> were interested in such probe launches and replicating systems I would
> recognize that evolution can happen in both software and hardware such
> that a single probe going out can create entire ecosystems of
> predator-prey-
> parasites and do its own launches at any point in time later.  A single AI
> which can replicate and spread in free space is enough to populate every
> scenario including war-gaming against its own creations to evolve
> impossibly
> efficient predators.  Before the first centrally-planned probe reaches
> another galaxy, independently evolved probes could have sent out a trillion
> competing probes ahead of it.
> On 22/06/2013 *11:45*, Anders Sandberg wrote:
> "...the only way to be truly certain nobody else can invade is to turn
> everything into your kind of replicator. Hence the "deadly probe
> scenario" is not a likely answer to the Fermi question."
> It always takes less energy and resources to destroy than to create.
> This is part of the reason why offensive WoMD are so much more effective
> than defenses against them.  The greater the energy involved the more
> effective offense becomes.
> The smallest technological footprint for AI to replicate is presently
> unknown.
> There is the time footprint, the resources footprint, the signals generated
> by replication footprint, the trails left in both traveling and
> replication,
> and the thermodynamic footprints both in matter and radiation.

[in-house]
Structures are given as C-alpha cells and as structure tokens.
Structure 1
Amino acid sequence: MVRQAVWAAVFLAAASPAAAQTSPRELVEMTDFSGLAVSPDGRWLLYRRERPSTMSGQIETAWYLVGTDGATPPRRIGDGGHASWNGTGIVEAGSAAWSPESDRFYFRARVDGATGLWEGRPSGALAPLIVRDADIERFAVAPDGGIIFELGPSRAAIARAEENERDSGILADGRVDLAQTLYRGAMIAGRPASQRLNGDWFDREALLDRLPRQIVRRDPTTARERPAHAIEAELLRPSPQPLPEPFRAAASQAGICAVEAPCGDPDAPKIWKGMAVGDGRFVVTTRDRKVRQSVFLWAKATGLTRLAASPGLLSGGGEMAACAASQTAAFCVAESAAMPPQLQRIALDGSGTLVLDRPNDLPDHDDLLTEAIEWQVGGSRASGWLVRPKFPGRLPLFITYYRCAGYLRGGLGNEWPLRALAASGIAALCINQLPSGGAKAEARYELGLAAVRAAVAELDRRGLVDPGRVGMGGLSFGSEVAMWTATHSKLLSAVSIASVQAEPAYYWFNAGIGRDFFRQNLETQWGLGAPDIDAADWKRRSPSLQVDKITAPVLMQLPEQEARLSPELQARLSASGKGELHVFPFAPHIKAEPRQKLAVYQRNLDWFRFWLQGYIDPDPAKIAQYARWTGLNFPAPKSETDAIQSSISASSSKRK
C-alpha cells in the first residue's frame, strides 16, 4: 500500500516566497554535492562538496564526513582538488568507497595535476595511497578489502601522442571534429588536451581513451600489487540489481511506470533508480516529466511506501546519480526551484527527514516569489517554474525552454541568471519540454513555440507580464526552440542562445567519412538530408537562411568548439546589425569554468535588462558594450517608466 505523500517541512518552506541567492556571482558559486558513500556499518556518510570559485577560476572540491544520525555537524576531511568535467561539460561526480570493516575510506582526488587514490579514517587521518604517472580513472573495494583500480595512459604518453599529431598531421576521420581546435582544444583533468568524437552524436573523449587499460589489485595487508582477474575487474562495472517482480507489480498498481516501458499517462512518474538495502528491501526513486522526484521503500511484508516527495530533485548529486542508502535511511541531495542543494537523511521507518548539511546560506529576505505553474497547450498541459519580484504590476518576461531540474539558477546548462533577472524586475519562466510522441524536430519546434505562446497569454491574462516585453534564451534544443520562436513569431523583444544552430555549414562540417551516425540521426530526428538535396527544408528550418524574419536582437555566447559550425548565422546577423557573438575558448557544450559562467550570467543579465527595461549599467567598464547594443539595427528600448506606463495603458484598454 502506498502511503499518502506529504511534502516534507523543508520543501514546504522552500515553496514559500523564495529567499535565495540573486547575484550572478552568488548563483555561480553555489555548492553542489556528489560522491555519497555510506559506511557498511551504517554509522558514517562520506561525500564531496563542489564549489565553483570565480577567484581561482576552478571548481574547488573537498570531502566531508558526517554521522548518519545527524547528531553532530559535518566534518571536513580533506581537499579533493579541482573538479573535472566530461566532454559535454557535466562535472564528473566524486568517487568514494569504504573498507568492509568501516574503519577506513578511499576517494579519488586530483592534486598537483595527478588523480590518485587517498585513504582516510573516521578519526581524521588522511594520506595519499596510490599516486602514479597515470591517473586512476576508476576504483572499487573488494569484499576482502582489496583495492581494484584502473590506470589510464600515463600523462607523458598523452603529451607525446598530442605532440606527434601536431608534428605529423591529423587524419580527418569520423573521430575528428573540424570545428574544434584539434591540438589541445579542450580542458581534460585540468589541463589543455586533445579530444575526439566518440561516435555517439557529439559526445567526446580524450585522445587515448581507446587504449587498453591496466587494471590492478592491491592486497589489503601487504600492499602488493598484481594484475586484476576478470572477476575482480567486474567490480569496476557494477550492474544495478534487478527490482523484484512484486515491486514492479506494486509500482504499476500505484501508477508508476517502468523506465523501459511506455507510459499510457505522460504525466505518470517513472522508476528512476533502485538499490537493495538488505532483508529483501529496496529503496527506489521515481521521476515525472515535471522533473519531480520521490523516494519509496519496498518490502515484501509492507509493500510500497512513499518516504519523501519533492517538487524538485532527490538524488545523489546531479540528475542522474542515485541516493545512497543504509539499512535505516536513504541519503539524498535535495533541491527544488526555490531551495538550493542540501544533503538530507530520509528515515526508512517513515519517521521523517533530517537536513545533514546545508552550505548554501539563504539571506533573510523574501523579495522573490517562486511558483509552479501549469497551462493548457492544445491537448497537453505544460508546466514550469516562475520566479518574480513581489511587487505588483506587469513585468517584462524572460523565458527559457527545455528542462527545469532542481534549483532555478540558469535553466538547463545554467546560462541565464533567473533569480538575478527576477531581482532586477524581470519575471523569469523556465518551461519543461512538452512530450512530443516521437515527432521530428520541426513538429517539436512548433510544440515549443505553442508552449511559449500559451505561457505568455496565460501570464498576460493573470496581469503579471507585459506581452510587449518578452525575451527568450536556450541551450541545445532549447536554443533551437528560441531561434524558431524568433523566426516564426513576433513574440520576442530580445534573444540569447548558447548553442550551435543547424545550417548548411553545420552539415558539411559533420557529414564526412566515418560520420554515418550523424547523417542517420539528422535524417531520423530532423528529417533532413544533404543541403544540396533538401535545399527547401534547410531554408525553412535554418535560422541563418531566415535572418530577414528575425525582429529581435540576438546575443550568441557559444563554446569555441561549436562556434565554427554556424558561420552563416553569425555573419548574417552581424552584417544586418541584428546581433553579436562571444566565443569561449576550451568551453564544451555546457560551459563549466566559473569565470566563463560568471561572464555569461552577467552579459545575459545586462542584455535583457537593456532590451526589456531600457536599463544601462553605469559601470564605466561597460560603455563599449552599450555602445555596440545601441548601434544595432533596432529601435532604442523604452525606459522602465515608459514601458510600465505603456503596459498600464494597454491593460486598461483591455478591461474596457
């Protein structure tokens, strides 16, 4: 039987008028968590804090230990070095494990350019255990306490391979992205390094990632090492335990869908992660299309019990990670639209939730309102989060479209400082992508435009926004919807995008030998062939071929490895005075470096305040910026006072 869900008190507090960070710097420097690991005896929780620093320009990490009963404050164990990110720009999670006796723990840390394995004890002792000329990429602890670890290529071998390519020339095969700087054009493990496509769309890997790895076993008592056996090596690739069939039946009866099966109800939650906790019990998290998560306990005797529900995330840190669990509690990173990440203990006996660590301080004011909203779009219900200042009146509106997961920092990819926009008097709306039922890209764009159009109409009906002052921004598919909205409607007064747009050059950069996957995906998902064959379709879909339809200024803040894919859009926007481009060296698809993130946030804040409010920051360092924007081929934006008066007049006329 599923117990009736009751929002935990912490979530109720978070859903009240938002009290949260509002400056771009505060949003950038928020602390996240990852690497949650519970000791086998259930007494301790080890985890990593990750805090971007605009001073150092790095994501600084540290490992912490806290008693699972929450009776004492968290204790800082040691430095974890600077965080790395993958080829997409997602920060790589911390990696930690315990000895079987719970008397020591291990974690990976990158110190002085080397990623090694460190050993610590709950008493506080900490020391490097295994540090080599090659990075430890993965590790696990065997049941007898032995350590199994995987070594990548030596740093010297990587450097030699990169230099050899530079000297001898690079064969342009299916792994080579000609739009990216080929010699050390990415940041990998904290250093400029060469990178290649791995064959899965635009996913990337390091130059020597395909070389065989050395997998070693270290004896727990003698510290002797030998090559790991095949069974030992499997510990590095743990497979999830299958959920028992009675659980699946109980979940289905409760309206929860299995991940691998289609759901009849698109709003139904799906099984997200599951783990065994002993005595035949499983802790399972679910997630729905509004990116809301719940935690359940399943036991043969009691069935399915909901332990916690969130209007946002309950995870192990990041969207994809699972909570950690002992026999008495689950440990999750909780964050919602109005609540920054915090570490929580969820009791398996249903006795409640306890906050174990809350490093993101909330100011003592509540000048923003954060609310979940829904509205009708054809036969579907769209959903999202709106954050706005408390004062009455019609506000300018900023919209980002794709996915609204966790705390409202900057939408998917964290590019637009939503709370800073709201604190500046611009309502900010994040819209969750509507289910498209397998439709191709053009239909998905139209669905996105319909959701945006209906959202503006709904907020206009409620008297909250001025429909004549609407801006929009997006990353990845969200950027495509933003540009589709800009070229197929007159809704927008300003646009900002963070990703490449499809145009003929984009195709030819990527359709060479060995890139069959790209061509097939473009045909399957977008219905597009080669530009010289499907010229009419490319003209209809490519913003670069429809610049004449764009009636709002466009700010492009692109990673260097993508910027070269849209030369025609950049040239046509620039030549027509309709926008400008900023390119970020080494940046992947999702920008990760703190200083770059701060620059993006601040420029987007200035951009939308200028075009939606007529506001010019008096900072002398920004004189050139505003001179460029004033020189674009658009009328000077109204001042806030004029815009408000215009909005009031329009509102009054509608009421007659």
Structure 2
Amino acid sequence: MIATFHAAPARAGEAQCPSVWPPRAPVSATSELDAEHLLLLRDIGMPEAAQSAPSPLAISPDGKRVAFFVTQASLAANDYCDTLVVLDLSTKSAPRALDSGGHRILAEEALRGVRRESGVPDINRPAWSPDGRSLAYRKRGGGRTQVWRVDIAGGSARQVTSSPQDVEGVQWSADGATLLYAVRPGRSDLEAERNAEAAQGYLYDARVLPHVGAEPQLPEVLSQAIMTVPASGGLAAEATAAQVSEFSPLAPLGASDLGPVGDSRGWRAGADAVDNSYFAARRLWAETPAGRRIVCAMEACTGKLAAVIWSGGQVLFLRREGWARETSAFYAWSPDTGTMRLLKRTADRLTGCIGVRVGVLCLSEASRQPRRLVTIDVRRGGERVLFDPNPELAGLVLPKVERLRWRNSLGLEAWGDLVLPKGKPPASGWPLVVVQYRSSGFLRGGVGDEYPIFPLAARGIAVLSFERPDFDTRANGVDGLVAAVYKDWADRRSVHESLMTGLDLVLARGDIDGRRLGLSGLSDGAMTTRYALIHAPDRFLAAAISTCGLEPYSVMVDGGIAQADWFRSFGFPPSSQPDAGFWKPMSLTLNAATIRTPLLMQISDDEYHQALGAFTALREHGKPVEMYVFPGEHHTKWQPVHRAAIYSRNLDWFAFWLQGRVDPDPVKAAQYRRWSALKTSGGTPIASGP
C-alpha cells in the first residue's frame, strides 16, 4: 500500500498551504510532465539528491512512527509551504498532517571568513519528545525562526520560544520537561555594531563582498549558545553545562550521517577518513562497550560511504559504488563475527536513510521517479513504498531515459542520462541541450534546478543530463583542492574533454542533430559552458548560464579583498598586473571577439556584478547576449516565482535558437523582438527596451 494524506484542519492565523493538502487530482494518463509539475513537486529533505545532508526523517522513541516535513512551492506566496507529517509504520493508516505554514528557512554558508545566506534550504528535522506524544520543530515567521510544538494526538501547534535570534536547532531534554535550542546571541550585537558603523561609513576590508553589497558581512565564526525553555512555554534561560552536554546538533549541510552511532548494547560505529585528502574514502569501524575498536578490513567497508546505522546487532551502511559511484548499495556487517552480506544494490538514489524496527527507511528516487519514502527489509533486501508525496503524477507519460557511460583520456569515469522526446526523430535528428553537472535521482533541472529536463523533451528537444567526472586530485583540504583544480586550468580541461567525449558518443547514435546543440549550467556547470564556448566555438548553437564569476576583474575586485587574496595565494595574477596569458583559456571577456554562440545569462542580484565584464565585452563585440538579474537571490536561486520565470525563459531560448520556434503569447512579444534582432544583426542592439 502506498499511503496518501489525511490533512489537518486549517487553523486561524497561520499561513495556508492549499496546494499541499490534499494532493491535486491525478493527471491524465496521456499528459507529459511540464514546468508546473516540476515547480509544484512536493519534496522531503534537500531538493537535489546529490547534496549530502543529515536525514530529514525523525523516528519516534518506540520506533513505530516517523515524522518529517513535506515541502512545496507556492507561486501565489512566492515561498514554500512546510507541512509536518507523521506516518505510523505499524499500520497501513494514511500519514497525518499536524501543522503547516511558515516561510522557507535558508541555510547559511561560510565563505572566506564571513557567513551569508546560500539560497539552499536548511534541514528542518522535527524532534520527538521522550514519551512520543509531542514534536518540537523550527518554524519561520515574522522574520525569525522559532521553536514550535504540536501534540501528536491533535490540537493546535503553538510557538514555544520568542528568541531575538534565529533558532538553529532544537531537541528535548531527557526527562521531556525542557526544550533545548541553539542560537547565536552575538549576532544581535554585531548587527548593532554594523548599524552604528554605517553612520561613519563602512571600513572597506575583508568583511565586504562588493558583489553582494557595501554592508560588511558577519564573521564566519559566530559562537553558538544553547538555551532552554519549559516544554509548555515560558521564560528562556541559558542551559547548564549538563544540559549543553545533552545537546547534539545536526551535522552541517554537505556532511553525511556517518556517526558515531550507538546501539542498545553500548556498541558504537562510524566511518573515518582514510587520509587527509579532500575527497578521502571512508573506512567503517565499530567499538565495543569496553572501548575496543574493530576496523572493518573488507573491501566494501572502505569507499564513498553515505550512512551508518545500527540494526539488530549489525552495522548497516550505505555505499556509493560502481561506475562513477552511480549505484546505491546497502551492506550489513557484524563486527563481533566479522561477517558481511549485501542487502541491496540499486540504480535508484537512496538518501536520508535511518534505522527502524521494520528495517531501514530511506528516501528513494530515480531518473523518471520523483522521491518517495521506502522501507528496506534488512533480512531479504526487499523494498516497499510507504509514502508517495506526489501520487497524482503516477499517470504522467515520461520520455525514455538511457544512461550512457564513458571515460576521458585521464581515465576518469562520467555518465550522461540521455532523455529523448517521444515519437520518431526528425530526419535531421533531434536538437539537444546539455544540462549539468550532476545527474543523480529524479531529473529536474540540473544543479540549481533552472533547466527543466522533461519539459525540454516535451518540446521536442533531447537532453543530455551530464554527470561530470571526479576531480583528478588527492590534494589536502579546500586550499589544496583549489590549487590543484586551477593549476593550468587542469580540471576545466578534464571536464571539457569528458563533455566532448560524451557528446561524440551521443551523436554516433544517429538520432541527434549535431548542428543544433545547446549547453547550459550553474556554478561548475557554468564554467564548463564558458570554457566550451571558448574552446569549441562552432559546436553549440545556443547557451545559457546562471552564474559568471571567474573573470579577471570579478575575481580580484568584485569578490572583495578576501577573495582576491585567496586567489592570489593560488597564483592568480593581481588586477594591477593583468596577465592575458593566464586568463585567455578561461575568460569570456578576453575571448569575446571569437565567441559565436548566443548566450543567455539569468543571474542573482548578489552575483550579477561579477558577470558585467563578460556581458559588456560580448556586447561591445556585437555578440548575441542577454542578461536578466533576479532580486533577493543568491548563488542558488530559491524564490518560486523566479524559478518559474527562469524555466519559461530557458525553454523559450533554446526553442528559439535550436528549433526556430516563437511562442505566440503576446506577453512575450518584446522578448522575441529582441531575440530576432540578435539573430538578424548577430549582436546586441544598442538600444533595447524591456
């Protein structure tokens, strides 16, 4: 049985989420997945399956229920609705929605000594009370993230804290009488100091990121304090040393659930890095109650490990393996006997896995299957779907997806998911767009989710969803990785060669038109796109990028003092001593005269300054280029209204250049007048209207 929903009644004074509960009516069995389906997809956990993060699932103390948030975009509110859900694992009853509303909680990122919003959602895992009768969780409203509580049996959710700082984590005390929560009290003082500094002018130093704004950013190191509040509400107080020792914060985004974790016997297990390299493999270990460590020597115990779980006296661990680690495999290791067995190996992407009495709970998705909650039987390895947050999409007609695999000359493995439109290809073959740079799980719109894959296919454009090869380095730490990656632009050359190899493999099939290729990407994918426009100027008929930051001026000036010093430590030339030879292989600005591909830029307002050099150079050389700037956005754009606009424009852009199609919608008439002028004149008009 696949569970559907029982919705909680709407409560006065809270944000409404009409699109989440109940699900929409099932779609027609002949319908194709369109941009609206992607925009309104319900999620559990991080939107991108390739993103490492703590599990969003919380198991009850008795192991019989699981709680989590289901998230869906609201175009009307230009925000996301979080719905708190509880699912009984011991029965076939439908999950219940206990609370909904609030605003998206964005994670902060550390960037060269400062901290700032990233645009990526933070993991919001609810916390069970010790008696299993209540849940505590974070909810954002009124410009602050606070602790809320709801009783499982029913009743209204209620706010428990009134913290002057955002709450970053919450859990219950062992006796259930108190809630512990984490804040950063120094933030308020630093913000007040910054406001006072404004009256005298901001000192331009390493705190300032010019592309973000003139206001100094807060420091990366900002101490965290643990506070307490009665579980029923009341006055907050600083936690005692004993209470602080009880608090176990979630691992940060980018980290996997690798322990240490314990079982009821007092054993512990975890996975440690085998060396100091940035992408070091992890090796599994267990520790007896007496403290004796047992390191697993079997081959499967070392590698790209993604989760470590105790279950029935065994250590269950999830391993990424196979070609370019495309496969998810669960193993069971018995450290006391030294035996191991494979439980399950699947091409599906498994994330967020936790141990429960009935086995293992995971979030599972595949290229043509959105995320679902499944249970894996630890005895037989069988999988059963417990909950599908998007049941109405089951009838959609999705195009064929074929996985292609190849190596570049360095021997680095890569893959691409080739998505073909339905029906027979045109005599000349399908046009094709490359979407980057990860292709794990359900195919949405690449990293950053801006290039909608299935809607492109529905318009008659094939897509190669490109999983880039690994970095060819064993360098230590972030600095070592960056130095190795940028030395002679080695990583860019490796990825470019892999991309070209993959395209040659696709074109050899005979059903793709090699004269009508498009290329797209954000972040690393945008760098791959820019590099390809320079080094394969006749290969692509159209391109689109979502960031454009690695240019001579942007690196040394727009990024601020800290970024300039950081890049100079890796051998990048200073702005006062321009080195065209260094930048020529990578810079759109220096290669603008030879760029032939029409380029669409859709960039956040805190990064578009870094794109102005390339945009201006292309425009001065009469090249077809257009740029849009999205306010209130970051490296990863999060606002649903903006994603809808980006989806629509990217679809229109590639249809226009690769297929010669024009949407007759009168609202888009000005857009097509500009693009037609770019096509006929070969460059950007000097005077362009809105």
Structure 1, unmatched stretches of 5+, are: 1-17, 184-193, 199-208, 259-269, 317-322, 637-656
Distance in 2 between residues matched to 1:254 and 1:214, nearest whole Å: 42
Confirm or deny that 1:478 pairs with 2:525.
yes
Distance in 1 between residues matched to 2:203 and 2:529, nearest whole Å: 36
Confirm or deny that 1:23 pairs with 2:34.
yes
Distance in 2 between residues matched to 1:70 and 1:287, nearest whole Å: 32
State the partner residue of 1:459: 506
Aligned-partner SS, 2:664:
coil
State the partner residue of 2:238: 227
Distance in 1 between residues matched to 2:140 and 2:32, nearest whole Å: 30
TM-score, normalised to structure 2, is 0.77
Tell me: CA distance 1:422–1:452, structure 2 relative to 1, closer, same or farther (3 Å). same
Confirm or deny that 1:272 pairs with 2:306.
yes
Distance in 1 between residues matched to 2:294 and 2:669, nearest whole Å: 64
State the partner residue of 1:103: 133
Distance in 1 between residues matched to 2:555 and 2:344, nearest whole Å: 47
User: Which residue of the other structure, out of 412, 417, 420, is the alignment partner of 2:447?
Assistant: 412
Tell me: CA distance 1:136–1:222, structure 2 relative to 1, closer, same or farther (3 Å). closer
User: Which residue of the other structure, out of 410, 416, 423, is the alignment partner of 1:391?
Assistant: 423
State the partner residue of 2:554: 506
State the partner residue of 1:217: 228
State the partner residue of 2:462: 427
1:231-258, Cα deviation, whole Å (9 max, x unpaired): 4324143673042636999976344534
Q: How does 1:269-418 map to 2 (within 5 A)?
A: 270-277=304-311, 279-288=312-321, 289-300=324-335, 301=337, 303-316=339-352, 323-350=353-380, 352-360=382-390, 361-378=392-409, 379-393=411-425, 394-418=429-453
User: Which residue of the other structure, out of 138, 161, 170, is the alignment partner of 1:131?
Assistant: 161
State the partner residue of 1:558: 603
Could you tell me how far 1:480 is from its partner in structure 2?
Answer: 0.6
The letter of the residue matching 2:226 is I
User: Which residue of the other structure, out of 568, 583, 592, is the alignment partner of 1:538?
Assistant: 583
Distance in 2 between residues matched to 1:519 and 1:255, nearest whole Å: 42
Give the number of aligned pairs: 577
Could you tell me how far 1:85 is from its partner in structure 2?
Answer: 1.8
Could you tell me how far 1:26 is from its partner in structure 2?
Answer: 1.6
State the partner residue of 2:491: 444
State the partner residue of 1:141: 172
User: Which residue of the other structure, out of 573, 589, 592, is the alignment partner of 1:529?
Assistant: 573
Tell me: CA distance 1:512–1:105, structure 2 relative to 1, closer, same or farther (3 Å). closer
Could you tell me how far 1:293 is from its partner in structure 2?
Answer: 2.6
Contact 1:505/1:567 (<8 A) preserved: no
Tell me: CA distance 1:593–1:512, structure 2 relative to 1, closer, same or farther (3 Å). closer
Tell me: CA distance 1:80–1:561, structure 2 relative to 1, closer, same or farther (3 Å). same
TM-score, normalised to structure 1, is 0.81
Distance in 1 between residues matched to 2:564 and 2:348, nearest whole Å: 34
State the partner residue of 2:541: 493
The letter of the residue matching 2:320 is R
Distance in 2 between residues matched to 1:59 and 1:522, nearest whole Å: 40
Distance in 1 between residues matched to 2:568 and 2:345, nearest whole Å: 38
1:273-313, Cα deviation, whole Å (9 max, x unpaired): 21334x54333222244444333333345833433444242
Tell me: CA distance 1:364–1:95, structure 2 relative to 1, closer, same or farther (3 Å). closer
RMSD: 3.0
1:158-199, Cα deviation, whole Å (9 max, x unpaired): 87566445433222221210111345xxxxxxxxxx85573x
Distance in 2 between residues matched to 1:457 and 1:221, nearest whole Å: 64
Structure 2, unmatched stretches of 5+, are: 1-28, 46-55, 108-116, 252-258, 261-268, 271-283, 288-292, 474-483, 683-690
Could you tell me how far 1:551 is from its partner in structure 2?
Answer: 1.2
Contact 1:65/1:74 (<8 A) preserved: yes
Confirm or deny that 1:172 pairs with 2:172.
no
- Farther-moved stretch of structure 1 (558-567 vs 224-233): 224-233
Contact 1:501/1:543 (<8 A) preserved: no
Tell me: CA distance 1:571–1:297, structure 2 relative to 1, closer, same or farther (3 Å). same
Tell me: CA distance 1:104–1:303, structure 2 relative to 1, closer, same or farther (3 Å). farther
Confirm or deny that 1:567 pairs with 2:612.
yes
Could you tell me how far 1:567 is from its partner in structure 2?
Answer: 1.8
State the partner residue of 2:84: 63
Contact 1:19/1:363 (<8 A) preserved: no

> Ideally replication would take place in high noise environments to minimize
> detection.  High noise environments are only available in limited regions
> and what qualifies as high noise is technology dependent.
> There are many assumptions inherent in what replicating AI systems are
> going to do.  I assume they will use wide band impulse communications which
> appear as white noise [SETI detection won't work].  I assume they will
> leave
> as little footprint as possible to keep from being tracked [military 101],
> I assume they will stay on the move, disperse themselves, and act in
> a stealthy manner to avoid WoMD.  In space stealth also means small
> footprint
> in every way possible.
> So the Fermi Paradox is not hard to understand.  If a single civilization
> allows AI - not controlled by central-planners - military strategy for AI
> that
> can replicate will quickly lead to quiet well dispersed mobile AI with
> small
> footprints we will never see.  The predators among the AI replicators will
> also hunt other predators.  The Earth may be nothing more than a loud baby
> animal drawing in predators while other predators watch and wait.  There
> are too many possible scenarios to calculate.
> Dennis May
> _______________________________________________
> extropy-chat mailing list
> extropy-chat at lists.extropy.org
> http://lists.extropy.org/mailman/listinfo.cgi/extropy-chat
-------------- next part --------------
An HTML attachment was scrubbed...
URL: <http://lists.extropy.org/pipermail/extropy-chat/attachments/20130623/4b379d58/attachment.html>

More information about the extropy-chat mailing list